The biggest fears for Texas refiners in the path of Hurricane Harvey: floods and power outages.
Harvey is forecast to become a Category 3 storm by the time it slams into the Texas coast late Friday. A storm surge of as much as 12 feet may bring salt water pouring into coastal terminals and refineries, while as much as 25 inches of rain in the next week may keep facilities flooded for days.
The Gulf Coast is home to almost half of the nation’s refining capacity. What can refiners do to minimize the risk? Some are slowly bringing their plants down in advance, to avoid the sudden shutdowns resulting from flooding and power losses that can wreak havoc in delicate equipment holding large volumes of flammable chemicals.
"It’s not a predictable event," said John Auers, executive vice president at energy consultant Turner Mason & Co. "That’s why some do take the precaution of shutting down completely."
Storage tank farms, groups of huge cylinders containing crude oil, gasoline, diesel and other compounds, are at risk from flooding as well. The tanks themselves can buckle or even float away if flooding gets bad enough.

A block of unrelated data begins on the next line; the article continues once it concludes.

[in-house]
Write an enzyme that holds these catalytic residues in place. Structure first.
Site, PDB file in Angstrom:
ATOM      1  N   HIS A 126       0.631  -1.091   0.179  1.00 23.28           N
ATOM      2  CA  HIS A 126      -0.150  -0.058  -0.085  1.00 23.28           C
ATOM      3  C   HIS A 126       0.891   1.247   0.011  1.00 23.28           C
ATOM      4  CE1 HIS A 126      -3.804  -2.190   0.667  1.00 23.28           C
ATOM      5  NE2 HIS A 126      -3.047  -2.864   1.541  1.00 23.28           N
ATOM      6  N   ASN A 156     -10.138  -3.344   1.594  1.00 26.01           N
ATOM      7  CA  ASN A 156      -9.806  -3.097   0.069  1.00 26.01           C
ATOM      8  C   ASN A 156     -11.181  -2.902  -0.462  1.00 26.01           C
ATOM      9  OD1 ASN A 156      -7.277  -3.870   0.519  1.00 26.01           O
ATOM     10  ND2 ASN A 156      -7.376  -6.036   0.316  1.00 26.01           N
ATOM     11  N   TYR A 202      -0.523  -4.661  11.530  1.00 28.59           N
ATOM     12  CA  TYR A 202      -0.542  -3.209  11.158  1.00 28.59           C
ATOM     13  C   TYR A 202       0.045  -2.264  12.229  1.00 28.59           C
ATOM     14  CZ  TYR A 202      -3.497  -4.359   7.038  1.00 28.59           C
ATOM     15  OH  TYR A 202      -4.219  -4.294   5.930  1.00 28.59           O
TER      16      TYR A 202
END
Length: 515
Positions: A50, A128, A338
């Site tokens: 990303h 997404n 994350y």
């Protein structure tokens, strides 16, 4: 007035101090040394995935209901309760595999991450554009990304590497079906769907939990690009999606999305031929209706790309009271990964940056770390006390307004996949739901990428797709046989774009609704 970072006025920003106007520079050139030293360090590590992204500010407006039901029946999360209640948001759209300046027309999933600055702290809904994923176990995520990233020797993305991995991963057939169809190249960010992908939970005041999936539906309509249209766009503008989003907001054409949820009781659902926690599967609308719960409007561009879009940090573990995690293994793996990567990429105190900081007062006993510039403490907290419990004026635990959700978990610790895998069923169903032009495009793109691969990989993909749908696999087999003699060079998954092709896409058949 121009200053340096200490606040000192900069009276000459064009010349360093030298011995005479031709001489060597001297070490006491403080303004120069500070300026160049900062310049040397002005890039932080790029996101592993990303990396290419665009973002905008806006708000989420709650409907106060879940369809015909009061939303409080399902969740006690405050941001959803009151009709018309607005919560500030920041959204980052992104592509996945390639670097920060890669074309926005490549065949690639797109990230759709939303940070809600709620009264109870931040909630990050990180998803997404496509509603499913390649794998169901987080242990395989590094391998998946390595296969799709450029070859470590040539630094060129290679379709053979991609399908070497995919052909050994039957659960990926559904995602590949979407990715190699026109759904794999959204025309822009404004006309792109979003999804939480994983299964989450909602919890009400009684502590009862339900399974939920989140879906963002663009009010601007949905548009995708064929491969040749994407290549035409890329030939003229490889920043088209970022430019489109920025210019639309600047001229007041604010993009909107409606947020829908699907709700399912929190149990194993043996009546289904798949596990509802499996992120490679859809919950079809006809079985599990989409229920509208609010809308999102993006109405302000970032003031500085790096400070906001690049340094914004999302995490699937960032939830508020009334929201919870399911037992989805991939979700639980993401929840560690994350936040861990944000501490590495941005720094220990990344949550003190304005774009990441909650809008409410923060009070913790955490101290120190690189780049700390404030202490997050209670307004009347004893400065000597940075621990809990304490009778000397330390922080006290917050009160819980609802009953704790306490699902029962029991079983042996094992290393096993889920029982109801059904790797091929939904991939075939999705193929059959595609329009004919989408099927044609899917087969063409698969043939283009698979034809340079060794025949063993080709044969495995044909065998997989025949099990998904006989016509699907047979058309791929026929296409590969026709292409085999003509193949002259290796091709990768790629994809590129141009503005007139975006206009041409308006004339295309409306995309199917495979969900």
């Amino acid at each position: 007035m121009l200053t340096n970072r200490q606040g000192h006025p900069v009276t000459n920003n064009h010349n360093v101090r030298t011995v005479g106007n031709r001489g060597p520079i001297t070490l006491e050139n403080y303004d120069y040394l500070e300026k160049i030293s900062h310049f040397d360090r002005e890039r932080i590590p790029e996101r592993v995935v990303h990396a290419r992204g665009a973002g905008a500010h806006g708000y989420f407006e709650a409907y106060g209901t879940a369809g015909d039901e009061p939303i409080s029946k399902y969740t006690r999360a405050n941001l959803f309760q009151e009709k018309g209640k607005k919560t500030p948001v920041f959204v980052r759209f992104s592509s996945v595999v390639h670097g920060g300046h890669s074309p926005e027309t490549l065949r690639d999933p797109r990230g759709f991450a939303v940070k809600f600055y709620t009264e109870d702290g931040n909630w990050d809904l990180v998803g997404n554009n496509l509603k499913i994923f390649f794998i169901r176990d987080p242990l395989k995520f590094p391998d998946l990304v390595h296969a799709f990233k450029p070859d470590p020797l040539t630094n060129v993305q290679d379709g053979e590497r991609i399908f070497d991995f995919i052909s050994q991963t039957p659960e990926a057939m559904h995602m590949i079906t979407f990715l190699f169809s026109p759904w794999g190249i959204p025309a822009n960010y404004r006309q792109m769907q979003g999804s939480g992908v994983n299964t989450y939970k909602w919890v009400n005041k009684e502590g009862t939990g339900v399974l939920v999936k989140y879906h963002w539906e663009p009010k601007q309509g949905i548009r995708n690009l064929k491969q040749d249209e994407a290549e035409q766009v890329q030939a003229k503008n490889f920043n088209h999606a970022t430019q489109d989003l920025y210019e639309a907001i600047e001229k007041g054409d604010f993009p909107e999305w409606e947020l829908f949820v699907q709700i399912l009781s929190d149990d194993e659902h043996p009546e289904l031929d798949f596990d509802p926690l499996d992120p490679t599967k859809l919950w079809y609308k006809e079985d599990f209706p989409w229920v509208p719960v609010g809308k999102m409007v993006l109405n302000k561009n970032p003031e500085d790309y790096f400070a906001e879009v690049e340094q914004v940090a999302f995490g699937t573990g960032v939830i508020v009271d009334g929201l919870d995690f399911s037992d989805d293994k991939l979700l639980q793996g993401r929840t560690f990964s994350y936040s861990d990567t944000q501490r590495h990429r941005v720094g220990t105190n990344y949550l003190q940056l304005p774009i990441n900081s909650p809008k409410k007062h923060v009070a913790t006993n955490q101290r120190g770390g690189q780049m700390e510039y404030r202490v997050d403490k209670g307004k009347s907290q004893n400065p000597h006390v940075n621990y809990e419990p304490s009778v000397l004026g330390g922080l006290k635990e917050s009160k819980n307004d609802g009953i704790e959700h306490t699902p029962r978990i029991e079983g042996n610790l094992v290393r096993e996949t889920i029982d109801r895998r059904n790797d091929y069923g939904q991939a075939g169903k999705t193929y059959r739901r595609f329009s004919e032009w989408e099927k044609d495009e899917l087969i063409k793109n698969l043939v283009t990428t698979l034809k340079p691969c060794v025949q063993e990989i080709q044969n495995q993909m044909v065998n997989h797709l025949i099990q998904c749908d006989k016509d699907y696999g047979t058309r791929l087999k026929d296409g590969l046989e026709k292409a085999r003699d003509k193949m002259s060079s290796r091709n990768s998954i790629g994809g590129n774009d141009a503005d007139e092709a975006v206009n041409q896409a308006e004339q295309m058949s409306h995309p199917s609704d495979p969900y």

In an attempt to minimize potential damage, operators may fill up tanks so they stay put in several feet of water, Auers said. It’s a risk to operations even though "it usually drains out pretty quickly." Any maintenance work needs to be put on hold, he said.
5 Million Barrels
Gulf Coast refineries in the path of the storm process almost 5 million barrels of oil a day. About 1 million barrels a day of crude and condensate refining capacity in Texas has been shut down by companies including Valero Energy Corp., according to company statements, government releases and people familiar with the situation. About 10 percent of Gulf of Mexico oil production has also been shuttered.
Royal Dutch Shell Plc shut output and secured its Enchilada Salsa asset in the Gulf in response to downstream constraints created in preparation for Hurricane Harvey, the company said on Thursday.
Whether to shut down, completely or partially, is a judgment call, Auers said. Restarting operations can be more cumbersome than staying open through a storm, depending on its severity. The plants themselves are built to withstand wind and storm surges, he said.
After a Category 3 hurricane, it can take two to three weeks for operations to go back to normal, according to Andy Lipow, president of consultant Lipow Oil Associates LLC in Houston. That’s due to the combination of wind damage, power outages and flooding. It can also be difficult to get workers back to the facilities if the storm has left much more widespread damage in its wake.
The most important factor is having enough emergency personnel standing by if something does go wrong, Auers said. Though he doesn’t expect Harvey to shut down operations for long, companies can’t afford to be complacent about having their emergency systems in place, he said. They’ve learned from experience with past storms, such as Katrina and Ike.
"They’re ready for it," he said. "Just have to wait and see."